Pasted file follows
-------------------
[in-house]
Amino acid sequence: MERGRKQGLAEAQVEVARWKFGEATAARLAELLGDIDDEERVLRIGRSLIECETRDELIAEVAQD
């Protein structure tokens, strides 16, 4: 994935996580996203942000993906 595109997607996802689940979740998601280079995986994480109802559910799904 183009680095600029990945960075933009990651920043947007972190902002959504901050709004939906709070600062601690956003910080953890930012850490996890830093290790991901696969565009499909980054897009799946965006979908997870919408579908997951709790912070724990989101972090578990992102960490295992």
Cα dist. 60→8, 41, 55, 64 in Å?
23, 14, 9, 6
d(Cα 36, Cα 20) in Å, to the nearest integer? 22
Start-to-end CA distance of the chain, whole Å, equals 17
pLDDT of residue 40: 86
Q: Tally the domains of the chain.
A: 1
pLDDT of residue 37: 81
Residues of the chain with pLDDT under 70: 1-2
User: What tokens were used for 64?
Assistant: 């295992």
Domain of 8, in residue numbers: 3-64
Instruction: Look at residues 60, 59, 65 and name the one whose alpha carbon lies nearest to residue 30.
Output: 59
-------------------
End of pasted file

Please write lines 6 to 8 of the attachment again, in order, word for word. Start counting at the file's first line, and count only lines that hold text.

d(Cα 36, Cα 20) in Å, to the nearest integer? 22
Start-to-end CA distance of the chain, whole Å, equals 17
pLDDT of residue 40: 86